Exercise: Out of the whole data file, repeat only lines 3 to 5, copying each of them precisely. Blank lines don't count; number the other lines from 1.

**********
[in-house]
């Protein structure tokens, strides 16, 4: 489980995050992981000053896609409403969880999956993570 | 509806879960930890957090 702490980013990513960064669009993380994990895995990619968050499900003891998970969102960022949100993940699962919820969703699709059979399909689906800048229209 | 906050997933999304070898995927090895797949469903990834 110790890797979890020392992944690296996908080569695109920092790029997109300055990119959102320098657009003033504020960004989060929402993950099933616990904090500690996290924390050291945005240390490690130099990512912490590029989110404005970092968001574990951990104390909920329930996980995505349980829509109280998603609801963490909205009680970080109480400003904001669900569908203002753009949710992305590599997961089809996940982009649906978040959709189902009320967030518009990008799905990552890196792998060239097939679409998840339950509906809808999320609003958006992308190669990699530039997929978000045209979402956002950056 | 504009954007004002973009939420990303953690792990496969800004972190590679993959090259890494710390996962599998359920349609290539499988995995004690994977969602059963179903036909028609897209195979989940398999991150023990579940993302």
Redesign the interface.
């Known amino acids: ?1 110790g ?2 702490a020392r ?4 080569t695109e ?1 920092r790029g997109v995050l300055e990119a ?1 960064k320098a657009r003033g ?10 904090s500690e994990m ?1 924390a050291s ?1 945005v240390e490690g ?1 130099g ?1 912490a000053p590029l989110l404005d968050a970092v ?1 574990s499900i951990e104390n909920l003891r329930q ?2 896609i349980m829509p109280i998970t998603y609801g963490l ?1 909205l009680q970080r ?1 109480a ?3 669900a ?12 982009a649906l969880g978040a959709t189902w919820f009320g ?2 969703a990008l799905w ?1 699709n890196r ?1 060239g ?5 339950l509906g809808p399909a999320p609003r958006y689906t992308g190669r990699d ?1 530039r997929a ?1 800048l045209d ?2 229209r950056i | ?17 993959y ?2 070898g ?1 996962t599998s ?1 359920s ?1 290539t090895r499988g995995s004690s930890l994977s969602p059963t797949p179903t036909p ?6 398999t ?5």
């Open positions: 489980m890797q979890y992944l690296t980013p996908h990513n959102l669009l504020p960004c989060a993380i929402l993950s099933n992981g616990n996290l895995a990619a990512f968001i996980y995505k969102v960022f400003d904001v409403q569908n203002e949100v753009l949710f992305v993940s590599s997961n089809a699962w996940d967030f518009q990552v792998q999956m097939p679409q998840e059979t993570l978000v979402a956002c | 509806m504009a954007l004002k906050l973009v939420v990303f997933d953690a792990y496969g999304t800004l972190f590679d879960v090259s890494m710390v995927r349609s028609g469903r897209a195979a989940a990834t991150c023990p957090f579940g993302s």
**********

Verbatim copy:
Redesign the interface.
């Known amino acids: ?1 110790g ?2 702490a020392r ?4 080569t695109e ?1 920092r790029g997109v995050l300055e990119a ?1 960064k320098a657009r003033g ?10 904090s500690e994990m ?1 924390a050291s ?1 945005v240390e490690g ?1 130099g ?1 912490a000053p590029l989110l404005d968050a970092v ?1 574990s499900i951990e104390n909920l003891r329930q ?2 896609i349980m829509p109280i998970t998603y609801g963490l ?1 909205l009680q970080r ?1 109480a ?3 669900a ?12 982009a649906l969880g978040a959709t189902w919820f009320g ?2 969703a990008l799905w ?1 699709n890196r ?1 060239g ?5 339950l509906g809808p399909a999320p609003r958006y689906t992308g190669r990699d ?1 530039r997929a ?1 800048l045209d ?2 229209r950056i | ?17 993959y ?2 070898g ?1 996962t599998s ?1 359920s ?1 290539t090895r499988g995995s004690s930890l994977s969602p059963t797949p179903t036909p ?6 398999t ?5």
């Open positions: 489980m890797q979890y992944l690296t980013p996908h990513n959102l669009l504020p960004c989060a993380i929402l993950s099933n992981g616990n996290l895995a990619a990512f968001i996980y995505k969102v960022f400003d904001v409403q569908n203002e949100v753009l949710f992305v993940s590599s997961n089809a699962w996940d967030f518009q990552v792998q999956m097939p679409q998840e059979t993570l978000v979402a956002c | 509806m504009a954007l004002k906050l973009v939420v990303f997933d953690a792990y496969g999304t800004l972190f590679d879960v090259s890494m710390v995927r349609s028609g469903r897209a195979a989940a990834t991150c023990p957090f579940g993302s």